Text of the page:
American Companies May Experience Fierce R&D Competition From Asia

Western-origin brands were found to be leading Asia-based products in terms of research and development, according to joint findings by Global Intelligence Alliance Group (GIA) and analyst Fusion Consulting.

Western-origin brands were found to be leading Asia-based products in terms of research and development, according to joint findings by Global Intelligence Alliance Group (GIA) and analyst Fusion Consulting.

The groups tracked 20 multinational food and drink companies.

Although the research found companies like Nestle or Danone to be more advanced in pushing innovative products that rivals such as Yakult, there was still strong potential for certain Asian products.

“There are very strong Asian companies in the food and beverage industry that can compete with Western European and US-based multinationals,” stated a Fusion spokesperson. “In fact, in some domains like probiotic drinks and instant noodles, Asian companies are way ahead than their European or US-based competitors.”

In looking at the findings, which were conducted between 2004 and 2007, the consultancy group said that Asia-based companies were in an increasingly strong position to follow the lead of their western counterparts and look to international markets to expand.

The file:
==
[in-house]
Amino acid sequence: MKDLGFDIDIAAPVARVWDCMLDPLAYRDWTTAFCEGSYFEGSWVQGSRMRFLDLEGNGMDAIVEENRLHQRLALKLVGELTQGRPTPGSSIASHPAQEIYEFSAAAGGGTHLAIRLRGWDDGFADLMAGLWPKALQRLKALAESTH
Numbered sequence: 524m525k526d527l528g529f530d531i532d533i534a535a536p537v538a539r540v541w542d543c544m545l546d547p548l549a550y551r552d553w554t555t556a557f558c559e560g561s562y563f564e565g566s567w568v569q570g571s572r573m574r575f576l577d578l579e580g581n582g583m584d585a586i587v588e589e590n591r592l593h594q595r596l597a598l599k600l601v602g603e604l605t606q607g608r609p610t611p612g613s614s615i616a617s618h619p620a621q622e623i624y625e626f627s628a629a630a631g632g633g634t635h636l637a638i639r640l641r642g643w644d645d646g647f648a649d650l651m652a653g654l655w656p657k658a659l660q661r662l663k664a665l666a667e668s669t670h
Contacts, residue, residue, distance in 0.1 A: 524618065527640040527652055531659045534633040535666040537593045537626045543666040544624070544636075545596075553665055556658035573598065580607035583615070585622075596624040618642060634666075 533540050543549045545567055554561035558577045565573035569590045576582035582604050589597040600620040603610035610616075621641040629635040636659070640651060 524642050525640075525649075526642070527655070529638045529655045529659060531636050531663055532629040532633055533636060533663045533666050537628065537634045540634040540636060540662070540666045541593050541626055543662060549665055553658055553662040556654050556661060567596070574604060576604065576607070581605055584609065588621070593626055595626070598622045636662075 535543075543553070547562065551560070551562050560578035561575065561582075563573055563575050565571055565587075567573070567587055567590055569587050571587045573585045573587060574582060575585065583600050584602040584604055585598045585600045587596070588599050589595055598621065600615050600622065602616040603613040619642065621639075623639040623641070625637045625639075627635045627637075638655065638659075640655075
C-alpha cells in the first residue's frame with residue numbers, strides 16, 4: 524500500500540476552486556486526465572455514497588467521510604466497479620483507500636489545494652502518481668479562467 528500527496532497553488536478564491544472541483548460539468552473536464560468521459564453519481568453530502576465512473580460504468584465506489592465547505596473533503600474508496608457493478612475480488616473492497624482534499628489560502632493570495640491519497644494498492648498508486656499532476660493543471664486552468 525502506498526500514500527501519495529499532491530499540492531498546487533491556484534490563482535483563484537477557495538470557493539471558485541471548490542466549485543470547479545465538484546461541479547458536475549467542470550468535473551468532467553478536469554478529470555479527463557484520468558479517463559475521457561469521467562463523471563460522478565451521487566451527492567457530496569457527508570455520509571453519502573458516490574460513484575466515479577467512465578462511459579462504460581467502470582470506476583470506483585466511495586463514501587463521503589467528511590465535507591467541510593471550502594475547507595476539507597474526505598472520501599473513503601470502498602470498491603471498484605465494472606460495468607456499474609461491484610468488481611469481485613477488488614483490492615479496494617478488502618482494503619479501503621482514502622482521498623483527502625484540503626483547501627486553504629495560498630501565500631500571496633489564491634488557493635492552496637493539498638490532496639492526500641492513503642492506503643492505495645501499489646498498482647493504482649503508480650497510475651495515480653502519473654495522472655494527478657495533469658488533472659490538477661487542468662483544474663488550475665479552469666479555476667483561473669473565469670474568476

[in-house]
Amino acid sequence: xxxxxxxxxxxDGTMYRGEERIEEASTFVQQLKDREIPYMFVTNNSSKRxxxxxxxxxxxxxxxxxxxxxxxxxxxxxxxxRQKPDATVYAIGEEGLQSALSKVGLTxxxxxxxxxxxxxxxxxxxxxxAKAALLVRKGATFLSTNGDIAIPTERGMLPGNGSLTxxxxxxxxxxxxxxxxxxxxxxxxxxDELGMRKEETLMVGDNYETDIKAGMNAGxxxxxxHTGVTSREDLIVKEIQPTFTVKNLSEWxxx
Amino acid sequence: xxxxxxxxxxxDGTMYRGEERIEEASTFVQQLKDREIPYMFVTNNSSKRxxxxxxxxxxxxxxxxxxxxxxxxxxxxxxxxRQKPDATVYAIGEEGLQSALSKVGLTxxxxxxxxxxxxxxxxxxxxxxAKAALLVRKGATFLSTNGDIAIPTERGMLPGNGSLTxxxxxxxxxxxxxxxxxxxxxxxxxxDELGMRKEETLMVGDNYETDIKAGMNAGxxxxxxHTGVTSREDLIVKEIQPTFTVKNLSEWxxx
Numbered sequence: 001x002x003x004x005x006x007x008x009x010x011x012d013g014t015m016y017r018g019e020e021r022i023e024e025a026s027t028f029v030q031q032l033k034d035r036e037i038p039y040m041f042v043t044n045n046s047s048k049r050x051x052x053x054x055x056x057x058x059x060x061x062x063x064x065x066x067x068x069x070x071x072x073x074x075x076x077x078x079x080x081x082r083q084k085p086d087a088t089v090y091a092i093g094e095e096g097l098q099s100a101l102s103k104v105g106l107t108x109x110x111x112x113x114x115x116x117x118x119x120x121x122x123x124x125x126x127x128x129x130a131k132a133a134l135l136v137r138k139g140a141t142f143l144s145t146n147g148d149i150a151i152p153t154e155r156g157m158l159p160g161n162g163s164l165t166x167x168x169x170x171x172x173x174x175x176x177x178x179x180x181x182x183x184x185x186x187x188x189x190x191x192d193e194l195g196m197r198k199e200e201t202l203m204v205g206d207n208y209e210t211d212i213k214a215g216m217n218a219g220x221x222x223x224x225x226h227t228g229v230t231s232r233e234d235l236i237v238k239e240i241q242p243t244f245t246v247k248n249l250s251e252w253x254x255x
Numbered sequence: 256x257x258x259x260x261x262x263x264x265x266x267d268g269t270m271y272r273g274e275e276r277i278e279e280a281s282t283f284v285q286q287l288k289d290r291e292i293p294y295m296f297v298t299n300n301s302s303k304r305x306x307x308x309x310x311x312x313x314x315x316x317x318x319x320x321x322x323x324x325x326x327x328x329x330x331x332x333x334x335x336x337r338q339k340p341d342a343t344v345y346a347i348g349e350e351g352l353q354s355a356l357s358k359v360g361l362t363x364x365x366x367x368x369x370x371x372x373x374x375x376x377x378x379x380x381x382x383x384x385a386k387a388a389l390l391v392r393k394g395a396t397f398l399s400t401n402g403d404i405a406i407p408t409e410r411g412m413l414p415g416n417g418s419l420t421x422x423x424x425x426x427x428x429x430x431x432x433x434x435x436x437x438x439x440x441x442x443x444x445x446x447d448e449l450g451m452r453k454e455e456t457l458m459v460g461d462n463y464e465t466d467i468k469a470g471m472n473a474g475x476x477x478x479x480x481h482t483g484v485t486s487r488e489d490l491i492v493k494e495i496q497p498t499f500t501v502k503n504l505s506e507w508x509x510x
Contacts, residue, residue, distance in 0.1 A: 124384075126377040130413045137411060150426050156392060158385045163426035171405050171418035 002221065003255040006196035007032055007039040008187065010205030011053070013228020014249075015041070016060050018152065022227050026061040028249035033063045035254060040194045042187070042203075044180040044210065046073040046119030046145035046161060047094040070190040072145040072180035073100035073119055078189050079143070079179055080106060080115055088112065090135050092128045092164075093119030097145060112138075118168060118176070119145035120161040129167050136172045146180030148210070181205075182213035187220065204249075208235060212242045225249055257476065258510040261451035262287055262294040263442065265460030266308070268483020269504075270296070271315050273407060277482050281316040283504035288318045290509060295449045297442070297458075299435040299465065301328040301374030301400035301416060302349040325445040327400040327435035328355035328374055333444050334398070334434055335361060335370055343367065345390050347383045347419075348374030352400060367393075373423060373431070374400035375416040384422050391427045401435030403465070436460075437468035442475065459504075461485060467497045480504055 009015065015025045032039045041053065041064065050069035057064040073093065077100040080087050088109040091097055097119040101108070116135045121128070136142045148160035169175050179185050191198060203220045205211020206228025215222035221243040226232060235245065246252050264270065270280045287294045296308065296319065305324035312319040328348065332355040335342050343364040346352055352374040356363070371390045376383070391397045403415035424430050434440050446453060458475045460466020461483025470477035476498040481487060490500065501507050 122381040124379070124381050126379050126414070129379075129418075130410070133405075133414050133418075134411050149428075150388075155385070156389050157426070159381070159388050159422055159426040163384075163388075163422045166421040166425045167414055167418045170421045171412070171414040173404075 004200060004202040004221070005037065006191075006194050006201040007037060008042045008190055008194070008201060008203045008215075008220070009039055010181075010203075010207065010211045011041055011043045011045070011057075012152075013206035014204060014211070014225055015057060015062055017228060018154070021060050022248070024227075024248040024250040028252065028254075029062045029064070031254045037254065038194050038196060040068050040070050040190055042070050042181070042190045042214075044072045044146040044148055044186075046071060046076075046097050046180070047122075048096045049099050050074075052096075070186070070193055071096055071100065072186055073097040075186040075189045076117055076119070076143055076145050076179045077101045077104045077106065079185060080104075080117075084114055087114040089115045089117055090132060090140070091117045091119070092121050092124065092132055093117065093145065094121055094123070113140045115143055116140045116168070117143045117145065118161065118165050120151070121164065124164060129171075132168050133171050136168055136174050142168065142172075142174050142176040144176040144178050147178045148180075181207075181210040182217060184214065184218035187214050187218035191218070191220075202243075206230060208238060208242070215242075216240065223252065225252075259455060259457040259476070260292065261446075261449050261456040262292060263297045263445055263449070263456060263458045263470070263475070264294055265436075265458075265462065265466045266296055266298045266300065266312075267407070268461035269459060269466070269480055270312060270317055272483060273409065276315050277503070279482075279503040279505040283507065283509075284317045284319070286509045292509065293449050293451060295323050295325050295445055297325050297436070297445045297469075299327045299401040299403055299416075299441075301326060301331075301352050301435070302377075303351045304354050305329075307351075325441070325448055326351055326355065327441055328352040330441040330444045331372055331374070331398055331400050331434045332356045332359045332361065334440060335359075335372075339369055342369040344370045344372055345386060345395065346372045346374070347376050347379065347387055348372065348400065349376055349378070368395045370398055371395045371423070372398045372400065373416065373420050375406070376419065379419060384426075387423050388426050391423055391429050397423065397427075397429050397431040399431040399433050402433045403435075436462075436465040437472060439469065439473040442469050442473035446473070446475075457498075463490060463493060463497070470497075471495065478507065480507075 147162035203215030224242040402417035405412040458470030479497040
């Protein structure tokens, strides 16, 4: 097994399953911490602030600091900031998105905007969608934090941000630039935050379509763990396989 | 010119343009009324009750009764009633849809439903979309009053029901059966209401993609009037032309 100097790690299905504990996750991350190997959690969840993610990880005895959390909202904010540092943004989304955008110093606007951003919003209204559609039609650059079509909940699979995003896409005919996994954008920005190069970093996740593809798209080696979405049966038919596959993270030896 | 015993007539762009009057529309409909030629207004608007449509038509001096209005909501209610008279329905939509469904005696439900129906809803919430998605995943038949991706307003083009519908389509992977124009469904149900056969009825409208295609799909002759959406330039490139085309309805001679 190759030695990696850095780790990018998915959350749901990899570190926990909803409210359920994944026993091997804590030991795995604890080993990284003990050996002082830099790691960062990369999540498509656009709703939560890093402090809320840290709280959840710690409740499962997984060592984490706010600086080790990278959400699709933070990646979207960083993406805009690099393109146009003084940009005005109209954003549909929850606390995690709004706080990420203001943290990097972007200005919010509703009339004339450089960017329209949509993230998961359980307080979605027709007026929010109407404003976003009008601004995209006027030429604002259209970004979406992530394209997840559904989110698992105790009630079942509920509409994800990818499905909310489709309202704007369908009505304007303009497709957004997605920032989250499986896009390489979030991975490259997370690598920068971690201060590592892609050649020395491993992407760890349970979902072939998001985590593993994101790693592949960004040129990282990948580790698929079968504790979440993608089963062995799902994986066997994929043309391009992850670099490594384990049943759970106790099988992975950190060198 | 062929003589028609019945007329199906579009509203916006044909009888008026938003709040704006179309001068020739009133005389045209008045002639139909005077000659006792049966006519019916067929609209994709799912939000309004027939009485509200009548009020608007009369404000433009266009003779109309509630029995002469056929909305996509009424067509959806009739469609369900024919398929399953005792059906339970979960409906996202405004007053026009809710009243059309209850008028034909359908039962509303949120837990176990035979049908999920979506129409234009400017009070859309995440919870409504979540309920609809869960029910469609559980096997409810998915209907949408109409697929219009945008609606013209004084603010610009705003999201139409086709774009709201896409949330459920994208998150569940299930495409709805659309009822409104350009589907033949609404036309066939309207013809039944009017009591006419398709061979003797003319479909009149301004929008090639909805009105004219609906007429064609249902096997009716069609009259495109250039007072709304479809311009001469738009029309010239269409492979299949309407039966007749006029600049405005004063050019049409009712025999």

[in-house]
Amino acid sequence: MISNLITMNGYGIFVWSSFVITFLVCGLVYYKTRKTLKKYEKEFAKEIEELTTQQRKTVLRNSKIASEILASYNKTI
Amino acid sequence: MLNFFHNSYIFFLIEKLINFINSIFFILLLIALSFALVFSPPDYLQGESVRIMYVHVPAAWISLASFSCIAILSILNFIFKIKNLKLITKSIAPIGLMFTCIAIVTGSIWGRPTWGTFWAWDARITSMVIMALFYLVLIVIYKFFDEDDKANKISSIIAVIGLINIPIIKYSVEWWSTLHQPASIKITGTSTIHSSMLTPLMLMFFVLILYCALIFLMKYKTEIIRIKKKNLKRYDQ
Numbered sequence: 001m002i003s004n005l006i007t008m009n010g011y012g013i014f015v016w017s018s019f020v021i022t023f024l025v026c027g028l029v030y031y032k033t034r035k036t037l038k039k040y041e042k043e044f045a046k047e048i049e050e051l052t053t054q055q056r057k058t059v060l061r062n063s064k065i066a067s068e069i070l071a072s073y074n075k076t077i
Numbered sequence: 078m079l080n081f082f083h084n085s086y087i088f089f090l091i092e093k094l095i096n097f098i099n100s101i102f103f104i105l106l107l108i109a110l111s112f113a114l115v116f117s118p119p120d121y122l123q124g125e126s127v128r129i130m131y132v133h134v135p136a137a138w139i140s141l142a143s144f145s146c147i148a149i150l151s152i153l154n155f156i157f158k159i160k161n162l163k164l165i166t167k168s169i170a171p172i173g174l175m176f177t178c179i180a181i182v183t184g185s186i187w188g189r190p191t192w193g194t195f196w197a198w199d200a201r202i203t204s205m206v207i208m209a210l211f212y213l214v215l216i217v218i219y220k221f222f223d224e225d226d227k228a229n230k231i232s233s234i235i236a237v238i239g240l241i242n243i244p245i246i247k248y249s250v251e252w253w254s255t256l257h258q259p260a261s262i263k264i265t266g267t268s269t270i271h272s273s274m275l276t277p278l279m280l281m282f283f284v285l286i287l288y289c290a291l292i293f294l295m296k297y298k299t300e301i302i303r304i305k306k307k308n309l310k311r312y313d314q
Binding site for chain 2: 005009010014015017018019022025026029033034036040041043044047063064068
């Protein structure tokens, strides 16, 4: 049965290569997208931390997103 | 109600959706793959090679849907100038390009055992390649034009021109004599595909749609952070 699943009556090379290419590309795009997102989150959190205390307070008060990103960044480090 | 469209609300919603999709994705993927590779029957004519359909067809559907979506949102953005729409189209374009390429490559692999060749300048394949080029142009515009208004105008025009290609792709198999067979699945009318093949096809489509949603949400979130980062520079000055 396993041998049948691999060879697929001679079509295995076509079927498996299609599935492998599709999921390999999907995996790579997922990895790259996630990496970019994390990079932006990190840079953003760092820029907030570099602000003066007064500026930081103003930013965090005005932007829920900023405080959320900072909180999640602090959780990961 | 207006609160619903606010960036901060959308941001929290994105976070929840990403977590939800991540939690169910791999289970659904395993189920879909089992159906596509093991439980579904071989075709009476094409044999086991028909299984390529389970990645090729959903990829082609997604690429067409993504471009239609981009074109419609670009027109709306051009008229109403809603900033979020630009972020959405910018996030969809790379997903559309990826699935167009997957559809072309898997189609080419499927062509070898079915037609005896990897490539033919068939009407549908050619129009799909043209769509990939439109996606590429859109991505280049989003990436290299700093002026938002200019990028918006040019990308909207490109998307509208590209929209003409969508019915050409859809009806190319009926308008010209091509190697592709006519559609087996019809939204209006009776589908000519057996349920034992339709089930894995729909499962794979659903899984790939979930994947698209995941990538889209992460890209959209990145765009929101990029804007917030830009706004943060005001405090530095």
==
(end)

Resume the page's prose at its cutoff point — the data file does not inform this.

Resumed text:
In the same way that more Westernized companies had worked to distribute and establish their products in Asia, manufacturers in the region were well positioned to increasingly bring their goods to Europe and the US, according to the analyst.

Fusion Consultancy said that in order to successfully meet seemingly growing Western demand in Asian food and drink products, customizing products and brand identity to meet local tastes was a key challenge.

“The challenge on doing this is always the same: customization,” stated the analyst. “Some companies are very good at it like Unilever, Nestle and Kraft.”

The GIA index, that focused on three dimensions – innovation, regional presence and revenue performance – claims that Anglo-Dutch firm Unilever performed “best in class” thanks to efforts to appoint chefs and food experts in 18 key markets to research and develop new products customized to the local needs and preferences.